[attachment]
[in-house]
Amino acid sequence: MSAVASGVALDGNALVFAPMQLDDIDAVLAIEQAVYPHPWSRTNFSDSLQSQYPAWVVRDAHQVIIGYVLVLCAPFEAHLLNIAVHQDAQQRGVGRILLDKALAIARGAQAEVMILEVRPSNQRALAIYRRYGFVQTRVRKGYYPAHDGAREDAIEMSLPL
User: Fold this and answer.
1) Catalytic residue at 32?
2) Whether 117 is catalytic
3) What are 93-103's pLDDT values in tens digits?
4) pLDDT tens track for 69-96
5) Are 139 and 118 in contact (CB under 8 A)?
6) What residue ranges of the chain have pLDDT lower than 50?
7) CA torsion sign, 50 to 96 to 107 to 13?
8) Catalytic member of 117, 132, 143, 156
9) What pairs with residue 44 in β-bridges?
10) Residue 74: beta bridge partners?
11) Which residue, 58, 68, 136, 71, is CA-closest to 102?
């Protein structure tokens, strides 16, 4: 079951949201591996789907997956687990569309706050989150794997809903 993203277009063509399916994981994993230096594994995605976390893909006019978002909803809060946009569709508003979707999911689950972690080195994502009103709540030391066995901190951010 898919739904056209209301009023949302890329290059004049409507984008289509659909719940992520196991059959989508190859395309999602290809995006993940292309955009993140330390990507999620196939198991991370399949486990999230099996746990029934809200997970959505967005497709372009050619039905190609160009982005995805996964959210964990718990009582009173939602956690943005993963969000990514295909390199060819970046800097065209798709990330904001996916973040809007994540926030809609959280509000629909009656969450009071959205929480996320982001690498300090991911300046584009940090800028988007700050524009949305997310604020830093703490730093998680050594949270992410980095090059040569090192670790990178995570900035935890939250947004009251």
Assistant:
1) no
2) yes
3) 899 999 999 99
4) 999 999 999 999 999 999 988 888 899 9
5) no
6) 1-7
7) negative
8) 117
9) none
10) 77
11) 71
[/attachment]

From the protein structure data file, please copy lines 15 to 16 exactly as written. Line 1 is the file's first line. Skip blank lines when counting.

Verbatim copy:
């Protein structure tokens, strides 16, 4: 079951949201591996789907997956687990569309706050989150794997809903 993203277009063509399916994981994993230096594994995605976390893909006019978002909803809060946009569709508003979707999911689950972690080195994502009103709540030391066995901190951010 898919739904056209209301009023949302890329290059004049409507984008289509659909719940992520196991059959989508190859395309999602290809995006993940292309955009993140330390990507999620196939198991991370399949486990999230099996746990029934809200997970959505967005497709372009050619039905190609160009982005995805996964959210964990718990009582009173939602956690943005993963969000990514295909390199060819970046800097065209798709990330904001996916973040809007994540926030809609959280509000629909009656969450009071959205929480996320982001690498300090991911300046584009940090800028988007700050524009949305997310604020830093703490730093998680050594949270992410980095090059040569090192670790990178995570900035935890939250947004009251």
Assistant: